Giacomo Puccini – Tosca
CAST: Floria Tosca: Maria Callas, Mario Cavaradossi: Renato Cioni, Vitellio Scarpia: Tito Gobbi, Spoletta: Robert Bowman, Cesare Angelotti: Victor Godfrey, Sciarrone: Dennis Wicks, Il carceriere: Edgar Boniface, Il sagrestano: Eric Garrett, Un pastore: David Sellar
Chorus and Orchestra of the Royal Opera House, Covent Garden
Chorus Master: Douglas Robinson
Carlo Felice Cillario, conductor
Warner Classics, 2005
Maria Callas’ Tosca in 1964
In 1964, Maria Callas recorded at the Royal Opera House in London one of her memorable Toscas. She was a veteran of the role at this stage of her career and her experience has a significant weight on this performance. Her Tosca can be compared to the one she recorded in 1953 for freshness and youthfulness, but this one is overall more refined. Of the previous Tosca, Callas retains her charm and vivacity in her scene with Cavaradossi in the first act, and also her outbursts of jealousy (again in the first act) as well as her pathos and intensity (duet with Scarpia, final scene). However, in the present recording the heroine is better defined and, on the whole, more coherent. The previous Tosca was much more impulsive and natural, but this one does not have those contradictions that made her less refined in the other recording.
For what concerns theatrical and vocal command, Callas is the same great singer-actress she has always been. The inflexions of her voice and accents, which only in few passages are too rushed (due certainly to the live performance), are as incisive and dramatic than usual. Her vocal precision is commendable. Every scene bears the stamp of Callas’ artistry. Vissi d’arte is almost a prayer for its resigned invocation, while Tosca’s fury when she stabs Scarpia is a really powerful moment. In short, Callas’ is always right in her choices.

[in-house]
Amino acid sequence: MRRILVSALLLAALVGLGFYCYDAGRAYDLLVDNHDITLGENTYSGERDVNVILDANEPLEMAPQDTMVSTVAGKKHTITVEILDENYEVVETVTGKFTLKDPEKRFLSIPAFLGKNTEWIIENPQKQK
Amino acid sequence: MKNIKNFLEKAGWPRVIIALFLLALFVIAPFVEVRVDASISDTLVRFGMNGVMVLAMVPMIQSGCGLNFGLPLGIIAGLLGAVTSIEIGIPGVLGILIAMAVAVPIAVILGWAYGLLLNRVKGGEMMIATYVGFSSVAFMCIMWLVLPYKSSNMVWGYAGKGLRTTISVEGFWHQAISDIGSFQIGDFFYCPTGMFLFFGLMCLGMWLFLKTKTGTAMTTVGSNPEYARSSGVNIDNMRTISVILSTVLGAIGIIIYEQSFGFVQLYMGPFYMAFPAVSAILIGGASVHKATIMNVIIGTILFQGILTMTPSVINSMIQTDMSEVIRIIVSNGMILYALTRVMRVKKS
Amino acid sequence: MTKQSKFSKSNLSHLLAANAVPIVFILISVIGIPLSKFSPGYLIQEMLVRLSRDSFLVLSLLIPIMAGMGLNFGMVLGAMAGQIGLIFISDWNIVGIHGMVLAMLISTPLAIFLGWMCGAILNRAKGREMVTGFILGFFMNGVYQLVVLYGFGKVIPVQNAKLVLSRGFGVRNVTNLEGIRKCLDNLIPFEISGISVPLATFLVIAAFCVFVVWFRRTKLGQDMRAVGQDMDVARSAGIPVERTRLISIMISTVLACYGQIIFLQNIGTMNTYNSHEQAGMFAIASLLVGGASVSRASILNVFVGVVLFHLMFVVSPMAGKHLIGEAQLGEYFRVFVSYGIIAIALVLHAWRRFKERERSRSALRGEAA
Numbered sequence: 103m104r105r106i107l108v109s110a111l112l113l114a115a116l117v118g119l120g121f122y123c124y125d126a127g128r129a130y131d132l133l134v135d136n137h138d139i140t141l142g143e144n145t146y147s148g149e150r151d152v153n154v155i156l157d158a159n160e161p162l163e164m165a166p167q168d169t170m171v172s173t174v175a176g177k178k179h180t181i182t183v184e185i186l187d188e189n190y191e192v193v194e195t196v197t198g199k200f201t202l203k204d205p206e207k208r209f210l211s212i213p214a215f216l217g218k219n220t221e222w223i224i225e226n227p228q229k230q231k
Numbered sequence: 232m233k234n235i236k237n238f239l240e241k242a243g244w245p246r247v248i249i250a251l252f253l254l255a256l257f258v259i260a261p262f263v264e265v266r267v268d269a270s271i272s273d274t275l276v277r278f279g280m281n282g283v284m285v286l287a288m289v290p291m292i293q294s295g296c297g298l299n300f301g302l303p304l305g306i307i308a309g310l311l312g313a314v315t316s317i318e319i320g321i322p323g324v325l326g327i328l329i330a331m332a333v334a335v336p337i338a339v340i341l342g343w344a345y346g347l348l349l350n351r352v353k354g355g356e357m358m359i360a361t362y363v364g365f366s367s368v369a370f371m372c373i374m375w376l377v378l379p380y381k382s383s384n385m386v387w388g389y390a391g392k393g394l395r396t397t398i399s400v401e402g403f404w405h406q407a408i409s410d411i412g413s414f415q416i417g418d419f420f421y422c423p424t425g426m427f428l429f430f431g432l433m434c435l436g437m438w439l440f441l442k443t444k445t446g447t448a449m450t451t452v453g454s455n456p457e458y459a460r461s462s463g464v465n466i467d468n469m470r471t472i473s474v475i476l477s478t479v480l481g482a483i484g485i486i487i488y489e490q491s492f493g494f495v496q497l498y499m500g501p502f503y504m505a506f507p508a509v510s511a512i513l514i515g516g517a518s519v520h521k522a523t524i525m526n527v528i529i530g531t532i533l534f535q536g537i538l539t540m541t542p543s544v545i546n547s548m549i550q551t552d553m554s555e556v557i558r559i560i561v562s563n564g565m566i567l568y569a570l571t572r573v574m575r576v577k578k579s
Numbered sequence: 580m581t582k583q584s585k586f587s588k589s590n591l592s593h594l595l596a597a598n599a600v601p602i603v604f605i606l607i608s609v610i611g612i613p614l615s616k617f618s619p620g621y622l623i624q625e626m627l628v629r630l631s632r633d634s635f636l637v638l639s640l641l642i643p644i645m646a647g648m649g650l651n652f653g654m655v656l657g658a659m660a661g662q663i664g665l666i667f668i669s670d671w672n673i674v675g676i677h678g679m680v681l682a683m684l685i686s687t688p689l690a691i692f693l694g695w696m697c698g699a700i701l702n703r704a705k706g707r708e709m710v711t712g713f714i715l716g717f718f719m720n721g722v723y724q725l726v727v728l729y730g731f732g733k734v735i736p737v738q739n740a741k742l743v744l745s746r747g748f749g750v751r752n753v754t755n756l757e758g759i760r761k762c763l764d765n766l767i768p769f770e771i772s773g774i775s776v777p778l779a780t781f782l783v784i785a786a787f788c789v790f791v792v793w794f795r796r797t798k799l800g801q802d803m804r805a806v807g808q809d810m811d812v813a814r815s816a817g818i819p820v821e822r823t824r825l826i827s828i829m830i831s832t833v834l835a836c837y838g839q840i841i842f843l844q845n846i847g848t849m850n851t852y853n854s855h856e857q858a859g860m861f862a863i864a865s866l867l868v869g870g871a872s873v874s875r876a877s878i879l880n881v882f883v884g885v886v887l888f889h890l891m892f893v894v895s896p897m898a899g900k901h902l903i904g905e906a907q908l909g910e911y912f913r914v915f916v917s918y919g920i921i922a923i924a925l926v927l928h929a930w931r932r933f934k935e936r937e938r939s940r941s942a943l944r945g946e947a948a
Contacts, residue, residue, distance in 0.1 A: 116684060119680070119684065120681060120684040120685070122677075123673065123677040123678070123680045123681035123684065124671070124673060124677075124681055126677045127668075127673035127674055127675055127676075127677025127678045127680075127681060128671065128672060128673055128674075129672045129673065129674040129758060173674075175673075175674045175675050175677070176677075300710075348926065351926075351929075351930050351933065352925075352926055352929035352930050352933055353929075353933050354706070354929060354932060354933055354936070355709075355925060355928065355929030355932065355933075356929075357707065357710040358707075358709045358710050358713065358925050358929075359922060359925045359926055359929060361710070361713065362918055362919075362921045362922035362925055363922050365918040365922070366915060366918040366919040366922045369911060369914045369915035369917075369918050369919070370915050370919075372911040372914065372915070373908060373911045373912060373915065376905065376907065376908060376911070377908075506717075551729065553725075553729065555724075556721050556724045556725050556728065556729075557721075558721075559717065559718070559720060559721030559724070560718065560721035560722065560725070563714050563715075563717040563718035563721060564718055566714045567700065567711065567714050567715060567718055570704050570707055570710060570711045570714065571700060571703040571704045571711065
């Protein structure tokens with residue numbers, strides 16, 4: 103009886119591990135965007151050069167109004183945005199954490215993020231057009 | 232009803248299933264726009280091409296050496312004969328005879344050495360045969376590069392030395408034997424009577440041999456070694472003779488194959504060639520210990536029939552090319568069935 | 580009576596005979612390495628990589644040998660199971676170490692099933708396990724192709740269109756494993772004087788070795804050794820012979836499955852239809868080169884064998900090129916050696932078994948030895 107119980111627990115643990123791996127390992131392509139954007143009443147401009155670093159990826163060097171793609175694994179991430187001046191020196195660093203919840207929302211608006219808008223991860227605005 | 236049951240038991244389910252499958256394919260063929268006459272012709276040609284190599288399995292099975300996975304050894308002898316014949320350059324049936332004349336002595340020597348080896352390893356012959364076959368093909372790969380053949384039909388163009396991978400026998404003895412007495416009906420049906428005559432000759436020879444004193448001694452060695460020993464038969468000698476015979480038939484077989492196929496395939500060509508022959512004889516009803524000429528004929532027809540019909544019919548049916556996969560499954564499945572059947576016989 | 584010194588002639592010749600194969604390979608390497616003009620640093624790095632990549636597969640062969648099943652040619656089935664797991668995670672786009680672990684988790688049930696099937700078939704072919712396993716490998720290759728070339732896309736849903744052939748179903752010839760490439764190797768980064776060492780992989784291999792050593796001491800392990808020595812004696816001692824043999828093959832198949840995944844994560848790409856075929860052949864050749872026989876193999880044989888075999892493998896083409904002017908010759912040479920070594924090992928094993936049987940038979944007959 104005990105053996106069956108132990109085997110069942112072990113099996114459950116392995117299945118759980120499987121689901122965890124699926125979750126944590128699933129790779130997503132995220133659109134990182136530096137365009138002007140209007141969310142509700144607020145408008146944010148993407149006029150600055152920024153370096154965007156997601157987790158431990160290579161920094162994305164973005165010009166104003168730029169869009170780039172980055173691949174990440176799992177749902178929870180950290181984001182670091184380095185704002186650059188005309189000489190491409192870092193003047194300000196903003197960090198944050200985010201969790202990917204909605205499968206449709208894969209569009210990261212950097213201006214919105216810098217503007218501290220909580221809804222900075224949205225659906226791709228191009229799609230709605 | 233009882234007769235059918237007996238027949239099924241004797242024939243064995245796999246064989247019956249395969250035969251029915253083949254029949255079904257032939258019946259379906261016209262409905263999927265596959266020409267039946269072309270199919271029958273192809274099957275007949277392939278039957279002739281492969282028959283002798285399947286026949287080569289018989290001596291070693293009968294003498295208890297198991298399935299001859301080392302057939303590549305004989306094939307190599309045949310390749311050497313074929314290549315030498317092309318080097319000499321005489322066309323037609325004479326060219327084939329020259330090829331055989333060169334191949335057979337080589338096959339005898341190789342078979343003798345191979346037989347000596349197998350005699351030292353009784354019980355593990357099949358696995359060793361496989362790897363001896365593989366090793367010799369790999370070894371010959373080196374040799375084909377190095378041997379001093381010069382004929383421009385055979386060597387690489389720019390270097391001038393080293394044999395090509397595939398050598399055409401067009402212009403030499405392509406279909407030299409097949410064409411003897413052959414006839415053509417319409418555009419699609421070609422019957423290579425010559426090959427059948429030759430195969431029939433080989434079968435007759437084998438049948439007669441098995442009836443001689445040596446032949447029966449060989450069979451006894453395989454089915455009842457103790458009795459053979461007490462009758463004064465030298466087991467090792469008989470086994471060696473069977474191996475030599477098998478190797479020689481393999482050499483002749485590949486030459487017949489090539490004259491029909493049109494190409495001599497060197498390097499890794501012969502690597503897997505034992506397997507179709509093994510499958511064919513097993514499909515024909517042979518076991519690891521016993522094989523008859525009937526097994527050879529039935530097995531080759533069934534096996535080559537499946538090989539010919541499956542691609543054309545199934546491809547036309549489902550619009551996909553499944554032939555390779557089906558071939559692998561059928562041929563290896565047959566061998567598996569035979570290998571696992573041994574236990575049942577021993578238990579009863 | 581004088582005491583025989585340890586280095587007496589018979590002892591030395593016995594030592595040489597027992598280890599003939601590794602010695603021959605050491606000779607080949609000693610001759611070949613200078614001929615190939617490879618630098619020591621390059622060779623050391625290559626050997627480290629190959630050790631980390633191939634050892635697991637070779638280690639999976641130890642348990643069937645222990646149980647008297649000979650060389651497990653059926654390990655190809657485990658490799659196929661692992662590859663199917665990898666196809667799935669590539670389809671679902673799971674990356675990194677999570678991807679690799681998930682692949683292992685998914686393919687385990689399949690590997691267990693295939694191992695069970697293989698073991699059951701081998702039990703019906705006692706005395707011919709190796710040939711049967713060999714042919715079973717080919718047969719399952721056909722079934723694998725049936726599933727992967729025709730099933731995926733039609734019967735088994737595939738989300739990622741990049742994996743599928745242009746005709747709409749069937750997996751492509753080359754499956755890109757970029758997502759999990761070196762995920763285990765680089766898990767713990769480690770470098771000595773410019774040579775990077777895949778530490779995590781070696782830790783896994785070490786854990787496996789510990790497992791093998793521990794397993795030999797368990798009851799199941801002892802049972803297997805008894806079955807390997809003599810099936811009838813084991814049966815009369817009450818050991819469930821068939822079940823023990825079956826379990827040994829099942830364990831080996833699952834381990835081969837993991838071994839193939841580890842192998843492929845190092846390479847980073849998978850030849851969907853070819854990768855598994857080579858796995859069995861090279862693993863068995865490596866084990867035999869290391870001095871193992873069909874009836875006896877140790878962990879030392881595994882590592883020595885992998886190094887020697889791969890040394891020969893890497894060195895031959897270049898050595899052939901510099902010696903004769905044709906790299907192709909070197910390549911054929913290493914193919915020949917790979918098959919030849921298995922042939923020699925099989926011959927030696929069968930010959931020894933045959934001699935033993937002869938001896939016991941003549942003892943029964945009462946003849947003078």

Other Singers & Conduction
Renato Cioni is not the best Cavaradossi ever, but it is not difficult to appreciate his performance. Even though sometimes he is imprecise and rough and, during the scene in the second act, his way of singing is quite inelegant, he tries nonetheless to be smooth and, for the most part of the time, he succeeds.
Tito Gobbi, for his part, is the real embodiment of Scarpia. The lust, haughtiness and meanness of the character is constantly present in his stylish and insightful singing. Some exaggerations that from time to time undermine the finesse of his phrasing – though not pleasing – actually contribute to create an “aura” of disgust. This was, after all, Gobbi’s favourite role, which he sang count less times (opposite Callas again in 1953) and to which he dedicated a long paragraph in his autobiography My Life.
Carlo Felice Cillario’s conduction is reasonably good, never boring nor dull, although it does not distinguish itself for any brilliant exploits.